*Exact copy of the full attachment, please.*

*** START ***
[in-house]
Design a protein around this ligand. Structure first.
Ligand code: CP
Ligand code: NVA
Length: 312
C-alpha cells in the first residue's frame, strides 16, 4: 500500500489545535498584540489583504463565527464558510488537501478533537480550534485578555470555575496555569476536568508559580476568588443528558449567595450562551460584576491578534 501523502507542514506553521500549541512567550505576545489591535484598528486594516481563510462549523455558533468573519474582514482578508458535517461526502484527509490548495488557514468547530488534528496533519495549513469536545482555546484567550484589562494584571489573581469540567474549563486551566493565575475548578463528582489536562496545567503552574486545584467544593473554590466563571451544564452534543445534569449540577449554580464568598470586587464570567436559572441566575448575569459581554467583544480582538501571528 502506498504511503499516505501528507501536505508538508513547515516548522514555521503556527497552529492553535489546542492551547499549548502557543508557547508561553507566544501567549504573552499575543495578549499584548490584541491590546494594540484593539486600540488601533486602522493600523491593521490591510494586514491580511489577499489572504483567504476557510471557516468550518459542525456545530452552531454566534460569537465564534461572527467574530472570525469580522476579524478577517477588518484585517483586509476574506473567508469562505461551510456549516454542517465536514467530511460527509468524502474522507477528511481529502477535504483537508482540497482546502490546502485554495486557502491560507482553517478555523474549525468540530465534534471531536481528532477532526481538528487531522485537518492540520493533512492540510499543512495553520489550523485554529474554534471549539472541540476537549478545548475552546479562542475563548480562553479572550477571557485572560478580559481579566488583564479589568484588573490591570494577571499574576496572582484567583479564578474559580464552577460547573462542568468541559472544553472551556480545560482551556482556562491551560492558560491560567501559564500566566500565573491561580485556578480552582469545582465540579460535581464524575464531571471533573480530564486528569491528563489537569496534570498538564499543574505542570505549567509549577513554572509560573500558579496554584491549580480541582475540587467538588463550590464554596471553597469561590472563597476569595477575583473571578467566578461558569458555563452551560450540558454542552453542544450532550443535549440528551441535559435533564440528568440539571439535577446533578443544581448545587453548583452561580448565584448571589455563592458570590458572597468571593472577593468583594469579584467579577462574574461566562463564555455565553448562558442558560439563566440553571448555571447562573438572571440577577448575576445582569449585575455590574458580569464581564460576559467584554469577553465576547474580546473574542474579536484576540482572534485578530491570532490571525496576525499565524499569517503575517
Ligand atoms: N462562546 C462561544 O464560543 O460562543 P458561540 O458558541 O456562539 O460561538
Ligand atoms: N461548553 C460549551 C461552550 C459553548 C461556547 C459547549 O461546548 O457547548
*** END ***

[in-house]
Design a protein around this ligand. Structure first.
Ligand code: CP
Ligand code: NVA
Length: 312
C-alpha cells in the first residue's frame, strides 16, 4: 500500500489545535498584540489583504463565527464558510488537501478533537480550534485578555470555575496555569476536568508559580476568588443528558449567595450562551460584576491578534 501523502507542514506553521500549541512567550505576545489591535484598528486594516481563510462549523455558533468573519474582514482578508458535517461526502484527509490548495488557514468547530488534528496533519495549513469536545482555546484567550484589562494584571489573581469540567474549563486551566493565575475548578463528582489536562496545567503552574486545584467544593473554590466563571451544564452534543445534569449540577449554580464568598470586587464570567436559572441566575448575569459581554467583544480582538501571528 502506498504511503499516505501528507501536505508538508513547515516548522514555521503556527497552529492553535489546542492551547499549548502557543508557547508561553507566544501567549504573552499575543495578549499584548490584541491590546494594540484593539486600540488601533486602522493600523491593521490591510494586514491580511489577499489572504483567504476557510471557516468550518459542525456545530452552531454566534460569537465564534461572527467574530472570525469580522476579524478577517477588518484585517483586509476574506473567508469562505461551510456549516454542517465536514467530511460527509468524502474522507477528511481529502477535504483537508482540497482546502490546502485554495486557502491560507482553517478555523474549525468540530465534534471531536481528532477532526481538528487531522485537518492540520493533512492540510499543512495553520489550523485554529474554534471549539472541540476537549478545548475552546479562542475563548480562553479572550477571557485572560478580559481579566488583564479589568484588573490591570494577571499574576496572582484567583479564578474559580464552577460547573462542568468541559472544553472551556480545560482551556482556562491551560492558560491560567501559564500566566500565573491561580485556578480552582469545582465540579460535581464524575464531571471533573480530564486528569491528563489537569496534570498538564499543574505542570505549567509549577513554572509560573500558579496554584491549580480541582475540587467538588463550590464554596471553597469561590472563597476569595477575583473571578467566578461558569458555563452551560450540558454542552453542544450532550443535549440528551441535559435533564440528568440539571439535577446533578443544581448545587453548583452561580448565584448571589455563592458570590458572597468571593472577593468583594469579584467579577462574574461566562463564555455565553448562558442558560439563566440553571448555571447562573438572571440577577448575576445582569449585575455590574458580569464581564460576559467584554469577553465576547474580546473574542474579536484576540482572534485578530491570532490571525496576525499565524499569517503575517
Ligand atoms: N462562546 C462561544 O464560543 O460562543 P458561540 O458558541 O456562539 O460561538
Ligand atoms: N461548553 C460549551 C461552550 C459553548 C461556547 C459547549 O461546548 O457547548